Carbondale nears decision on Village at Crystal River
July 10, 2010
CARBONDALE – Town trustees have agreed to several key components of the long-debated Village at Crystal River mixed-use project, including a building-height variance and a funding mechanism to pay for both on- and off-site public improvements.
However, a final decision on the project is still not expected until August, when the Town Council will convene again to consider some of the remaining issues associated with the new grocery store and mixed commercial/residential development.
The Village at Crystal River is the successor to the previously proposed Crystal River Marketplace, a big-box development that Carbondale voters shot down seven years ago.
The new plan for the 24-acre site fronting Highway 133, put forward by Rich Schierburg of Denver-based Peregrine Development Group, calls for 125,000 square feet of retail space, including a new 60,000-square-foot grocery store, which the town’s current primary grocer, City Market, has indicated it would like to build.
The Village proposal would also include up to 164 multifamily residential units and 16,000 square feet of office space.
Carbondale trustees, at a continued public hearing on the proposal June 29 and again July 6, worked through a number of the key issues leading up to a final vote on the Village project.
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Among them was consensus agreement to allow buildings up to 42 feet tall on the western portion of the project site, where a potential four-story apartment building could be built. The town’s current code limits buildings to 35 feet; however the town recently amended its downtown zone district to allow for 42-foot-tall building to be considered in some instances.
Residential buildings fronting west Main Street at the Village project can be no taller than 35 feet, trustees agreed, and the mix of office and retail buildings facing Highway 133 cannot exceed 32 feet.
At an earlier meeting, the board agreed to accept a 1 percent public improvements fee, essentially an extra sales tax on retail operations, to pay for around $6 million in both on- and off-site improvements, such as streets and sidewalks, as well as two roundabouts on Highway 133.
An additional property tax-funded special improvements district, with a levy of up to 30 mills, could also be imposed to help pay for that work. However, Schierburg said that may not happen for some time.
“I am already going to be at a huge competitive disadvantage in the valley with this project when it comes to selling these commercial spaces and residential units,” he said at the July 6 meeting with the town board. “So the 30 mills, even if it gets added, will be down the road.”
A majority of trustees also agreed to allowing up to 24 planned employee housing units, to be built primarily for grocery store workers, to be included as part of the Village’s community (affordable) housing requirement.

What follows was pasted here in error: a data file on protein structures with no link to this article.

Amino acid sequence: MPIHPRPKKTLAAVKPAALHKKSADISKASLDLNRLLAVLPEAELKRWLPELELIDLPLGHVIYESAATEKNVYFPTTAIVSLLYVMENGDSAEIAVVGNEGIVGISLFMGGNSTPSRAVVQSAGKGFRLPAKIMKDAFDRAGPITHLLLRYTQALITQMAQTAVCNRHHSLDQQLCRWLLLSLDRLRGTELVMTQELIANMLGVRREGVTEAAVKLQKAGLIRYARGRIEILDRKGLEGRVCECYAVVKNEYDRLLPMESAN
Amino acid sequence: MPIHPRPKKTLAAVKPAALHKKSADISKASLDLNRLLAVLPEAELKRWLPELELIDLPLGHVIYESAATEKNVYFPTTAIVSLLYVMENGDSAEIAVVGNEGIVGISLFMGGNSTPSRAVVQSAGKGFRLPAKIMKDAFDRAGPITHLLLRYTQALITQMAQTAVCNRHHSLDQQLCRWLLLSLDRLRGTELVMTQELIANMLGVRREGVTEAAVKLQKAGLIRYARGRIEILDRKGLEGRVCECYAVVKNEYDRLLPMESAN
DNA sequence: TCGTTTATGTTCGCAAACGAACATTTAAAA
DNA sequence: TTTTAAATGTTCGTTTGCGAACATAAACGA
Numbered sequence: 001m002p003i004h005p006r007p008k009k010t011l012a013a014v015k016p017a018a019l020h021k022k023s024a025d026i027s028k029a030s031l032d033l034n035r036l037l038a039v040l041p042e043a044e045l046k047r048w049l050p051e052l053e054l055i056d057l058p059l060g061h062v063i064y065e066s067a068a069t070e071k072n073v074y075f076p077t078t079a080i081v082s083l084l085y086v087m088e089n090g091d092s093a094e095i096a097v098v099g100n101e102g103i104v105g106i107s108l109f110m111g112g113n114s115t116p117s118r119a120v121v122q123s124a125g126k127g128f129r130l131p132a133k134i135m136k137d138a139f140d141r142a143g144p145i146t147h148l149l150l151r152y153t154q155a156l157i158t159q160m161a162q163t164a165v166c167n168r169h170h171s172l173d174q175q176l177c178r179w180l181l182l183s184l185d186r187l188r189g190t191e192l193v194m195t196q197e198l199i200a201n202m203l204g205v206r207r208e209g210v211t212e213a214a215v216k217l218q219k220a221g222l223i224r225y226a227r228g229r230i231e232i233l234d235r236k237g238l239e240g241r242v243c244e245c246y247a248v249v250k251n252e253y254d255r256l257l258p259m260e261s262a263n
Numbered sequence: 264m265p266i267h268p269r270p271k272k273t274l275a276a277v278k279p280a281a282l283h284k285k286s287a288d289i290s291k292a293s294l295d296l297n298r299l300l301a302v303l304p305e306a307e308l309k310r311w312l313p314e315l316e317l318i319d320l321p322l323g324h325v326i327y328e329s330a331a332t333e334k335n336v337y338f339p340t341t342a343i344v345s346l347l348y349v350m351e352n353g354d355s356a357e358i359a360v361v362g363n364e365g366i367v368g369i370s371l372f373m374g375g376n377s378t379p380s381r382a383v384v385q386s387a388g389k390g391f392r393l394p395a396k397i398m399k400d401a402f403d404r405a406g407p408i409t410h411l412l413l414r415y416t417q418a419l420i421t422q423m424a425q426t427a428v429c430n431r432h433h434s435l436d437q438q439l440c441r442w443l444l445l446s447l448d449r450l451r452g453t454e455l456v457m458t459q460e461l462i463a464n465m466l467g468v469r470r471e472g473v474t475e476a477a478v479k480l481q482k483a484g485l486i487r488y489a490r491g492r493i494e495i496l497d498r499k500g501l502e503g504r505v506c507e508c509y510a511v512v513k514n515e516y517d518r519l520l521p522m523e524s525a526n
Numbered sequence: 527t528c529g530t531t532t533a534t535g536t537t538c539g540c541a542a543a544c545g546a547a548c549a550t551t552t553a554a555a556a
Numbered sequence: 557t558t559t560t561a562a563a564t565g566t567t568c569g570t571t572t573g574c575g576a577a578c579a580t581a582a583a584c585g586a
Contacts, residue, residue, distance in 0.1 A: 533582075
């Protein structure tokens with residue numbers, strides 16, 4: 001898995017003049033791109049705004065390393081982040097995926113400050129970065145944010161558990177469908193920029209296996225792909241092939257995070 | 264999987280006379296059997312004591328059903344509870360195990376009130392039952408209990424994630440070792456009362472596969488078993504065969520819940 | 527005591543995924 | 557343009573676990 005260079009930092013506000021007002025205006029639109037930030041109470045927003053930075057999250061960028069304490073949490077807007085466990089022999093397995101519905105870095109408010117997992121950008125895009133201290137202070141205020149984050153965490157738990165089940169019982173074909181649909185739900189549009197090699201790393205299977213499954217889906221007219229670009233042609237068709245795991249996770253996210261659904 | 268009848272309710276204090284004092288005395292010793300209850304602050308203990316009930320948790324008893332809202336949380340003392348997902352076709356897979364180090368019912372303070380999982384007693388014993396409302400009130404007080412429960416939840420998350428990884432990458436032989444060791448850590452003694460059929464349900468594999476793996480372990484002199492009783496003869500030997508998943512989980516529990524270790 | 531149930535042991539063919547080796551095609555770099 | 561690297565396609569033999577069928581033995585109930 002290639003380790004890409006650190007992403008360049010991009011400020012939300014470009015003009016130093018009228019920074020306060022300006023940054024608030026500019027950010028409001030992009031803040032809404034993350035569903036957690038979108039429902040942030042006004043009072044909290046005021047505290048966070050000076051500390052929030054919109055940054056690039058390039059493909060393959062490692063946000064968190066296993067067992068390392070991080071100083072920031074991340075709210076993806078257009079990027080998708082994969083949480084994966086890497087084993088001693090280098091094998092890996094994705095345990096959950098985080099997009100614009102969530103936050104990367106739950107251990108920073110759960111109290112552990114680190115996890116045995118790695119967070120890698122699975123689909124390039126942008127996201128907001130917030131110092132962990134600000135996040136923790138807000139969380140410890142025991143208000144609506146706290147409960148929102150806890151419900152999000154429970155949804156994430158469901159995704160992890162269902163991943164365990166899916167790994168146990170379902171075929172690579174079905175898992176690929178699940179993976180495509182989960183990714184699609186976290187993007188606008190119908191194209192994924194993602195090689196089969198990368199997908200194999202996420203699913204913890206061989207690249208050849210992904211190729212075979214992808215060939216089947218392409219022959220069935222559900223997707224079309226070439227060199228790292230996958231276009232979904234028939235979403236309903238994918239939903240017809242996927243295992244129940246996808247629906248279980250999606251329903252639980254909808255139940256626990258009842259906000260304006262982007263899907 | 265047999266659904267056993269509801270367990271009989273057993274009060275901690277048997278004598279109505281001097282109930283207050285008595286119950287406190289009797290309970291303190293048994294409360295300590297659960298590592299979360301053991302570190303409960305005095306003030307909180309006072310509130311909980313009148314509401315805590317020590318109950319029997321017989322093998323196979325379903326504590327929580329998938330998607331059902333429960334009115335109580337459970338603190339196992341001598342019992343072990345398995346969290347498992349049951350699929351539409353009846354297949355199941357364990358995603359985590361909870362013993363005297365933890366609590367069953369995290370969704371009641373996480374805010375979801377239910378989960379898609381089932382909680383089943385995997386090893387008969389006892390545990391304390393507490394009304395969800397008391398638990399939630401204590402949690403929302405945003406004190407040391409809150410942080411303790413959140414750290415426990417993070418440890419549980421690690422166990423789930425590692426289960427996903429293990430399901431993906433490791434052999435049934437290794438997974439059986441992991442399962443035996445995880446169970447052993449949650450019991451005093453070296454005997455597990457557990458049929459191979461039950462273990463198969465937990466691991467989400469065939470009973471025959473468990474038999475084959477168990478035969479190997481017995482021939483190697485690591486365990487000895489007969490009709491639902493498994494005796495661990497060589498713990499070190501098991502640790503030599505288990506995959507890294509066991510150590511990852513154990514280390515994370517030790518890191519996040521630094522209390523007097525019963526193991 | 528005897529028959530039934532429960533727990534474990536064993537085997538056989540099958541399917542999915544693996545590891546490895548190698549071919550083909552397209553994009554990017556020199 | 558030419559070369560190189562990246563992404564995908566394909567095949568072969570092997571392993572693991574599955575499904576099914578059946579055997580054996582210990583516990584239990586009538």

“This is where I think our housing guidelines fall short, because they don’t include rental units,” Trustee John Foulkrod said. “Rental housing is a part of the affordable housing component … and if you have a strong rental market, you’re probably going to have a strong [labor] market.”
Priority for the rental units would be given first to grocery store employees, followed by other workers within the Village development, before being offered to other Carbondale workers.
However, because rents would not be controlled in any way, some trustees questioned whether they should be allowed to be a part of Carbondale’s requirement that 20 percent of new residential development be income- and deed-restricted housing units.
“I’m not sure this can be defined as community housing,” Trustee John Hoffmann said.
The board also agreed on issues related to project phasing, which requires the grocery store to be built early on. A parking plan, landscaping, and a streets, sidewalks and trails plan were also agreed to.
Remaining issues to be discussed in more detail include the developer’s open space plan, which trustees could not come to agreement on, as well as a suggested mandate that 30 percent of energy use by buildings within the project come from renewable sources.
Schierburg said the energy mandate is something he couldn’t commit to, nor could he commit City Market as the likely builder of the grocery store.
“We can certainly do everything we can to make this as energy efficient as possible, but if you mandate it, we won’t be able to do it,” he said.
Some trustees said the 30 percent mark is a good goal, but shouldn’t be mandated. Others disagreed.
“This is something that should have been discussed up front and, honestly, it’s a deal killer for me,” Trustee Frosty Merriott said. “It’s an issue that’s important for me, and the people who elected me.”
Trustees will again address some of the remaining issues at a meeting tentatively scheduled for Aug. 3, but a final vote is not likely until later in the month.